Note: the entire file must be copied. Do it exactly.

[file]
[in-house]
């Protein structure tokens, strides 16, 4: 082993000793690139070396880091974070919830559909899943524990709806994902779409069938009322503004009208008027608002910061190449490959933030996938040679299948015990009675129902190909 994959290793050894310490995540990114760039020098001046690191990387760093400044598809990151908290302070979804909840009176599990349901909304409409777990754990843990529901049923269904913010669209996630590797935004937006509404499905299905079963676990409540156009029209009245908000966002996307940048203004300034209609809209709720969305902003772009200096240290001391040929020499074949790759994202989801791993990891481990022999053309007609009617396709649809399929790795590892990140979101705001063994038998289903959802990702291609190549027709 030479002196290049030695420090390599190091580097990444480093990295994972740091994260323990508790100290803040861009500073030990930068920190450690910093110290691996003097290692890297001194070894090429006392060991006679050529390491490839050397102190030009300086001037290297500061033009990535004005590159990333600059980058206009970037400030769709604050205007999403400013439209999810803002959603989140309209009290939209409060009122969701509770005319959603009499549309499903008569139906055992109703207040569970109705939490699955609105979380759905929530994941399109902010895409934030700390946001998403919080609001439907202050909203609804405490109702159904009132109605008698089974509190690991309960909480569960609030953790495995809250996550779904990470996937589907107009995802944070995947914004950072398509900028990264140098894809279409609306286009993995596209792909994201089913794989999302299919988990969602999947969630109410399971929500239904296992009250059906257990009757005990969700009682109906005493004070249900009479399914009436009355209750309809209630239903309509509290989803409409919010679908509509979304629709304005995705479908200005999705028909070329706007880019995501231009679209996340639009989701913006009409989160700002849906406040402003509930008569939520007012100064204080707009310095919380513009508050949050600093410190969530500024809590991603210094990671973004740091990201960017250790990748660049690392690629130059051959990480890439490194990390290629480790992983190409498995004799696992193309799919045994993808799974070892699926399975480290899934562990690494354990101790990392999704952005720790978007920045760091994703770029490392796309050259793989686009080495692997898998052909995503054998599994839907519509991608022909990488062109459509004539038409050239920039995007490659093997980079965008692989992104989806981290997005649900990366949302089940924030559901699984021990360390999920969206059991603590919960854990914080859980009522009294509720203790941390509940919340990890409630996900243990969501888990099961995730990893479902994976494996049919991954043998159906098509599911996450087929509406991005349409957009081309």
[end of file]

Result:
[in-house]
């Protein structure tokens, strides 16, 4: 082993000793690139070396880091974070919830559909899943524990709806994902779409069938009322503004009208008027608002910061190449490959933030996938040679299948015990009675129902190909 994959290793050894310490995540990114760039020098001046690191990387760093400044598809990151908290302070979804909840009176599990349901909304409409777990754990843990529901049923269904913010669209996630590797935004937006509404499905299905079963676990409540156009029209009245908000966002996307940048203004300034209609809209709720969305902003772009200096240290001391040929020499074949790759994202989801791993990891481990022999053309007609009617396709649809399929790795590892990140979101705001063994038998289903959802990702291609190549027709 030479002196290049030695420090390599190091580097990444480093990295994972740091994260323990508790100290803040861009500073030990930068920190450690910093110290691996003097290692890297001194070894090429006392060991006679050529390491490839050397102190030009300086001037290297500061033009990535004005590159990333600059980058206009970037400030769709604050205007999403400013439209999810803002959603989140309209009290939209409060009122969701509770005319959603009499549309499903008569139906055992109703207040569970109705939490699955609105979380759905929530994941399109902010895409934030700390946001998403919080609001439907202050909203609804405490109702159904009132109605008698089974509190690991309960909480569960609030953790495995809250996550779904990470996937589907107009995802944070995947914004950072398509900028990264140098894809279409609306286009993995596209792909994201089913794989999302299919988990969602999947969630109410399971929500239904296992009250059906257990009757005990969700009682109906005493004070249900009479399914009436009355209750309809209630239903309509509290989803409409919010679908509509979304629709304005995705479908200005999705028909070329706007880019995501231009679209996340639009989701913006009409989160700002849906406040402003509930008569939520007012100064204080707009310095919380513009508050949050600093410190969530500024809590991603210094990671973004740091990201960017250790990748660049690392690629130059051959990480890439490194990390290629480790992983190409498995004799696992193309799919045994993808799974070892699926399975480290899934562990690494354990101790990392999704952005720790978007920045760091994703770029490392796309050259793989686009080495692997898998052909995503054998599994839907519509991608022909990488062109459509004539038409050239920039995007490659093997980079965008692989992104989806981290997005649900990366949302089940924030559901699984021990360390999920969206059991603590919960854990914080859980009522009294509720203790941390509940919340990890409630996900243990969501888990099961995730990893479902994976494996049919991954043998159906098509599911996450087929509406991005349409957009081309």